Archive for the ‘Etymology’ Category

He shot the serif

October 6, 2018

Today’s Wayno/Bizarro collab:


(#1) (If you’re puzzled by the odd symbols in the cartoon — Dan Piraro says there are 4 in this strip — see this Page.)

A play on the

NO SHOES / NO SHIRT / NO SERVICE

sign in some restaurants. Here enforced by a maître d’ who’s a (serifed) uppercase B. Suitably serifed uppercase diners  fill the seats, while a shirted and shod but sans-serif uppercase T realizes he won’t be served.

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Swiss steak

July 13, 2018

First, it’s American.

Second, it’s simple, homey food, designed to use tougher and cheaper cuts of beef.

Third, it’s unclear where the modifier Swiss comes from.

Fourth, its preparation involves two cooking techniques that are used in other dishes. One of these is tenderizing and flattening by pounding, a technique also used in the preparation of elegant dishes of veal, beef, pork, or chicken in the Schnitzel / Milanesa family.

Fifth, the other technique is braising: searing meat and then cooking it very slowly with liquid (and, usually, vegetables) in a closed container. Sharing this technique makes Swiss steak and pot roast of beef culinary cousins.

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He meant to say “supine”

February 11, 2018

Wilson Gray on ADS-L on the 6th:

“She was lying on her back, when she was stabbed, in the prone position.”

He meant to say, “in the supine position,” of course.

There’s no “of course” here. No, that is almost surely not what the speaker meant to say; I’d wager he intended to say exactly what he did say. It’s just not what Wilson thinks the speaker should have said. (Or he’s mocking people who talk this way, though I failed to detect any raised eyebrows in what he wrote so briefly and dismissively.)

We have here a widespread vulgar confusion, a failure to distinguish

between inadvertent errors, things that are “wrong” for the person who produces them, and advertent errors, things that are ok so far as the producer is concerned but “wrong” from the point of view of at least some other people. (Faced with [the first], you call in the psycholinguist; faced with [the second], you call in the sociolinguist.) (Language Log link)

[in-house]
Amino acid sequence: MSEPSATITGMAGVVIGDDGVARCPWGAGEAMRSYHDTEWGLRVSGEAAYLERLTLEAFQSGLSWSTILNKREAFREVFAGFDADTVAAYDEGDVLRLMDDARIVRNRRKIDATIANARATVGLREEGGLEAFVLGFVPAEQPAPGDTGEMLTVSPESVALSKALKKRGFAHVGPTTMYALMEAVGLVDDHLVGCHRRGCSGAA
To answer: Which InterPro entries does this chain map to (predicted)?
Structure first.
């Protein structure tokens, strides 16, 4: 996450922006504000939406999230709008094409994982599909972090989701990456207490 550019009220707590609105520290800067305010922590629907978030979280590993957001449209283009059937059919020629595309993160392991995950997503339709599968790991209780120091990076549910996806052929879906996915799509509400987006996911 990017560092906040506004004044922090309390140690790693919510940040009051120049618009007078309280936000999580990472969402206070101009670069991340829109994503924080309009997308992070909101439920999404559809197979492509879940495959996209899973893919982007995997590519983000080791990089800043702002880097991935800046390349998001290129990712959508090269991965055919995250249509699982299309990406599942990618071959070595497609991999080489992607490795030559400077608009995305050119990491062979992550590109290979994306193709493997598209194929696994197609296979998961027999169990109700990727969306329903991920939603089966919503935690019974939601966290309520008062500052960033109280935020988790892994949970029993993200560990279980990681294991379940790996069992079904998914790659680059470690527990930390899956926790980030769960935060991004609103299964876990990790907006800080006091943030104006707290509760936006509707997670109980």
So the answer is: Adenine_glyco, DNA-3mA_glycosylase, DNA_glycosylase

On top of that, Wilson has the sociolinguistic facts wrong, through a confusion between ordinary language and technical language: supine is a technical term for a bodily postion (lying flat on one’s back), used in certain specific domains (anatomy, sport, and shooting, in particular); in those domains, its counterpart (referring to lying flat on one’s belly) is prone, but in ordinary language, outside these specific domains, prone can refer to lying flat in general, and supine isn’t used at all.

The mistake here lies in assuming that technical, domain-specific (medical, botanical, technologcal, etc.) vocabulary is the true, correct, uniquely valid scheme for naming. From my 7/27/15 posting “Misleadingly named animals”, on zoological names:

The terminology “true fly” and “true bug” (etc.) here arises from the attitude that the naming practices of biologists are the only valid (true) naming schemes — what I’ll call technicalism. In the case of fly and bug, technicalism is remarkable from the historical point of view, since the specialized use of these nouns represents a decision to use perfectly ordinary vocabulary as technical terminology by drastically restricting its reference.

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Codpieces on Cellblock 13

July 23, 2017

(Men flaunting their junk, codpieces, prehistoric creatures, superheroes, language play, and more. Use your judgment.)

On the 21st, a posting on Cellblock / CellBlock / Cell Block 13 garments, featuring a young man in a commando harness (plus a jockstrap). Then in yesterday’s mail, a Daily Jocks ad with another remarkable CellBlock 13 costume (plus my caption):

(#1) X-Wing Harness and X-treme Hybrid Short, in red

Vic the Prick, cynosurus,
Caught every eye at the
Reptile Ball.

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Ruthie copes: Moses and the doggie bag

July 9, 2017

Two recent One Big Happy strips, in which Ruthie wades into interpreting unfamiliar expressions (bulrush, Israelite) and interpreting one familiar expression (doggie bag) in a non-standard way.

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Light, and sometimes mixed

May 25, 2017

It started with Chris Hansen posting this London bus ad on Facebook:

(#1)

On the bus:

IT’S SMOOTHIFIED.
WE’RE AMERICAN.
WE CAN MAKE UP WORDS.

NOW IN THE UK

So: about the morphology; about the advertising tactic; and about the beer.

Emily Rizzo then threw this into the mix:

(#2)